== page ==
I saw an item on-line that 70% of TiVo subs are of the DirecTv ilk. Wasn't too long ago that TiVo passed the 1 million mark. So, 70% of one million...that's not much of the 13 million DirecTv subscriber base.
just correcting some numbers:

For the quarter ending April 30, '05 there were 1,213,000 standalone subscribers and 2,107,000 directv/tivo subscribers for a total of 3,320,000.

source:
Tivo corp's latest form 10-Q
 

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jmoak said:
just correcting some numbers:

For the quarter ending April 30, '05 there were 1,213,000 standalone subscribers and 2,107,000 directv/tivo subscribers for a total of 3,320,000.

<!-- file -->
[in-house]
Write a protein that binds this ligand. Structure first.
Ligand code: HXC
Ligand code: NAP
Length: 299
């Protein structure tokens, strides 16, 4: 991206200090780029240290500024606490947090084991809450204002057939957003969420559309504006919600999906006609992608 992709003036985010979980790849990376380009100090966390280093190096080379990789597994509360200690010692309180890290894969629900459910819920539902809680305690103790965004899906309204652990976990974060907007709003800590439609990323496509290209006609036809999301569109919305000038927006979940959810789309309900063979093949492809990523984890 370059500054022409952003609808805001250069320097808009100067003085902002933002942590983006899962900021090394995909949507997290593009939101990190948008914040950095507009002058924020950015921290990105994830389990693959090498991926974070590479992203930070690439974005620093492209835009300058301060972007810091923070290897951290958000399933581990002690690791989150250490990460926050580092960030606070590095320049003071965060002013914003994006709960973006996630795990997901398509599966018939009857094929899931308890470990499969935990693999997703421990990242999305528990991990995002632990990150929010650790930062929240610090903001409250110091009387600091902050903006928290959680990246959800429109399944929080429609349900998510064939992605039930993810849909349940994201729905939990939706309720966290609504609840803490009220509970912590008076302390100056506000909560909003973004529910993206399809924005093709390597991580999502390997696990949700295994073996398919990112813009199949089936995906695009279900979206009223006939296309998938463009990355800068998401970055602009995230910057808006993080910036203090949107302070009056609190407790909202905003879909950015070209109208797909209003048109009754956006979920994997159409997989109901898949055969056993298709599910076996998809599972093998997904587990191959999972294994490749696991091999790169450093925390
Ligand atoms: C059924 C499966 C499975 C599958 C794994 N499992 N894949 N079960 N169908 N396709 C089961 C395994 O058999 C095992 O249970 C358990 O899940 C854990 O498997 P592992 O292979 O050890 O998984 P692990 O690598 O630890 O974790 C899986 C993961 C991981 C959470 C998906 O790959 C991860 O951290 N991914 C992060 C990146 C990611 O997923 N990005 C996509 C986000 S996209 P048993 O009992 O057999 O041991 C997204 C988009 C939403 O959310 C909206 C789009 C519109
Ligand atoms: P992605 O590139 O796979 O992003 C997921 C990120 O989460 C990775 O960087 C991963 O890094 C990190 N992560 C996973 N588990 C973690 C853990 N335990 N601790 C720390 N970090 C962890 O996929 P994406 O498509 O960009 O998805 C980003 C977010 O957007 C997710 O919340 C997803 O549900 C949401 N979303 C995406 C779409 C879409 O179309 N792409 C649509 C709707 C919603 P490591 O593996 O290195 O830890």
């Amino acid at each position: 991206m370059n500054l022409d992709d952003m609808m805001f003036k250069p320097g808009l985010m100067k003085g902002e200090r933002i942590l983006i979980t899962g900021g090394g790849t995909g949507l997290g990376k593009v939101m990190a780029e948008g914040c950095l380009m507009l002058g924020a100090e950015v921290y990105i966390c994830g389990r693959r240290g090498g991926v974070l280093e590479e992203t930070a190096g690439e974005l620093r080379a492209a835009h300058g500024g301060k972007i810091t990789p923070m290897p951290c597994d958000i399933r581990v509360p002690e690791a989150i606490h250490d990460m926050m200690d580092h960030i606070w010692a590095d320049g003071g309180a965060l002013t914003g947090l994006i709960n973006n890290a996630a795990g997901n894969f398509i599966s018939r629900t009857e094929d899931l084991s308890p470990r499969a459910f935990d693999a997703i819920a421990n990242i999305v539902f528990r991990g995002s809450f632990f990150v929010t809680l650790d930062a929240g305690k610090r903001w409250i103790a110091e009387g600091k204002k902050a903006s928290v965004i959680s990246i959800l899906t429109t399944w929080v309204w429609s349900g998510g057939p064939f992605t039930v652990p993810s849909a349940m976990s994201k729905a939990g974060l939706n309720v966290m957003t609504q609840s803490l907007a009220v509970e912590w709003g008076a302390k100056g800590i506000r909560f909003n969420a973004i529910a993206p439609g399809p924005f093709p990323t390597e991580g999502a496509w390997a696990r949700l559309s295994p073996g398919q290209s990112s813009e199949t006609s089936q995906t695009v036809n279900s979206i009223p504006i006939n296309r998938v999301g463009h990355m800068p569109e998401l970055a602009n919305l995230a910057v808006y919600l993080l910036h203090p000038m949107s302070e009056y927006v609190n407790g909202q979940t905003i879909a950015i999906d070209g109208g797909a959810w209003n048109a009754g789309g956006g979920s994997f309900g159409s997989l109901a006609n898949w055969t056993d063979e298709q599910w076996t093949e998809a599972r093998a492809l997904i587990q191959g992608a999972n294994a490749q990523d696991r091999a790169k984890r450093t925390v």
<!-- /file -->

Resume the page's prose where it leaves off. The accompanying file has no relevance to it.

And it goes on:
source:
Tivo corp's latest form 10-Q
In the 10-Q report it says that DIRECTV GENERATED 14% TO 15% OF TIVO's net revenues

DIRECTV generated
approximately 14% and 15% of net revenues for the three months ended April 30, 2005 and 2004, respectively

and DIRECTV pays TIVO $ 1.19 PER MONTH per DIRECTVTIVO SUB

We are dependent on our relationship with DIRECTV for subscription growth.
Our relationship with DIRECTV could be affected in the future by News Corp.’s acquisition of The DIRECTV Group. On
December 22, 2003, News Corp. acquired General Motor’s 19.8% economic interest in Hughes, subsequently renamed The
DIRECTV Group. Simultaneously, News Corp. acquired an additional 14.2% of The DIRECTV Group for a total of 34% of its
outstanding stock. It is possible that DIRECTV under News Corp. could seek to transition to an alternative DVR technology platform,
such as that created by NDS, which is majority-owned by News Corp. It is also possible News Corp. may slow the pace of DVR